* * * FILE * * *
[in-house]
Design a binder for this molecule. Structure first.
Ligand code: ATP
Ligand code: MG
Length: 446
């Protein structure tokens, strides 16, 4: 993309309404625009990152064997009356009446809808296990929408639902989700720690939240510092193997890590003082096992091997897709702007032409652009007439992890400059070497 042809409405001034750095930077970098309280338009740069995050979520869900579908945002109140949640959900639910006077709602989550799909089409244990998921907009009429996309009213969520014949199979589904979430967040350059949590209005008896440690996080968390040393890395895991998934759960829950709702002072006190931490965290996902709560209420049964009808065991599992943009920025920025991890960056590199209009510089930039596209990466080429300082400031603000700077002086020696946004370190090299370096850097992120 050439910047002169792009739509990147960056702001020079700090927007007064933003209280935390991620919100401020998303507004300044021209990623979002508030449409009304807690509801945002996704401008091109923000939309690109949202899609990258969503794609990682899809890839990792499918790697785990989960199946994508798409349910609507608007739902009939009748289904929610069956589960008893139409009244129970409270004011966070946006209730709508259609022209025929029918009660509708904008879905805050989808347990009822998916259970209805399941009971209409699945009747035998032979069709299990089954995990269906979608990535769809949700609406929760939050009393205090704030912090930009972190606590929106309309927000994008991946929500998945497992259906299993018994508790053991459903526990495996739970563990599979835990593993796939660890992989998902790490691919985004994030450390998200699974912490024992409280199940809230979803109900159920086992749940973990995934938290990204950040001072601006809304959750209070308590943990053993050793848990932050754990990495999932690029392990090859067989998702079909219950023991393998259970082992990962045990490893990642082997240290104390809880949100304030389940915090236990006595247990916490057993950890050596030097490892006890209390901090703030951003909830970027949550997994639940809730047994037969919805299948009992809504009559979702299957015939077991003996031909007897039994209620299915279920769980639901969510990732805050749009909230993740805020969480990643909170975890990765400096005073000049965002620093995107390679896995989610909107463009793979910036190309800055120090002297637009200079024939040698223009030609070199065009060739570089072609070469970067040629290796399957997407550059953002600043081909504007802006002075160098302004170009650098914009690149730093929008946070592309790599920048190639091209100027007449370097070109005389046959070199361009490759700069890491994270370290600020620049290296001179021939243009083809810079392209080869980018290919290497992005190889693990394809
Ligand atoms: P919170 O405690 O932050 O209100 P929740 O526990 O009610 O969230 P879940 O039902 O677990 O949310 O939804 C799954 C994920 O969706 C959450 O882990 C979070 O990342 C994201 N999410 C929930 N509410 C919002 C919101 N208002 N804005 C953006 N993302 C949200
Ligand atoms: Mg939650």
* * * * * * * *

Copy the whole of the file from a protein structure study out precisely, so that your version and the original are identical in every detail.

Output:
[in-house]
Design a binder for this molecule. Structure first.
Ligand code: ATP
Ligand code: MG
Length: 446
């Protein structure tokens, strides 16, 4: 993309309404625009990152064997009356009446809808296990929408639902989700720690939240510092193997890590003082096992091997897709702007032409652009007439992890400059070497 042809409405001034750095930077970098309280338009740069995050979520869900579908945002109140949640959900639910006077709602989550799909089409244990998921907009009429996309009213969520014949199979589904979430967040350059949590209005008896440690996080968390040393890395895991998934759960829950709702002072006190931490965290996902709560209420049964009808065991599992943009920025920025991890960056590199209009510089930039596209990466080429300082400031603000700077002086020696946004370190090299370096850097992120 050439910047002169792009739509990147960056702001020079700090927007007064933003209280935390991620919100401020998303507004300044021209990623979002508030449409009304807690509801945002996704401008091109923000939309690109949202899609990258969503794609990682899809890839990792499918790697785990989960199946994508798409349910609507608007739902009939009748289904929610069956589960008893139409009244129970409270004011966070946006209730709508259609022209025929029918009660509708904008879905805050989808347990009822998916259970209805399941009971209409699945009747035998032979069709299990089954995990269906979608990535769809949700609406929760939050009393205090704030912090930009972190606590929106309309927000994008991946929500998945497992259906299993018994508790053991459903526990495996739970563990599979835990593993796939660890992989998902790490691919985004994030450390998200699974912490024992409280199940809230979803109900159920086992749940973990995934938290990204950040001072601006809304959750209070308590943990053993050793848990932050754990990495999932690029392990090859067989998702079909219950023991393998259970082992990962045990490893990642082997240290104390809880949100304030389940915090236990006595247990916490057993950890050596030097490892006890209390901090703030951003909830970027949550997994639940809730047994037969919805299948009992809504009559979702299957015939077991003996031909007897039994209620299915279920769980639901969510990732805050749009909230993740805020969480990643909170975890990765400096005073000049965002620093995107390679896995989610909107463009793979910036190309800055120090002297637009200079024939040698223009030609070199065009060739570089072609070469970067040629290796399957997407550059953002600043081909504007802006002075160098302004170009650098914009690149730093929008946070592309790599920048190639091209100027007449370097070109005389046959070199361009490759700069890491994270370290600020620049290296001179021939243009083809810079392209080869980018290919290497992005190889693990394809
Ligand atoms: P919170 O405690 O932050 O209100 P929740 O526990 O009610 O969230 P879940 O039902 O677990 O949310 O939804 C799954 C994920 O969706 C959450 O882990 C979070 O990342 C994201 N999410 C929930 N509410 C919002 C919101 N208002 N804005 C953006 N993302 C949200
Ligand atoms: Mg939650």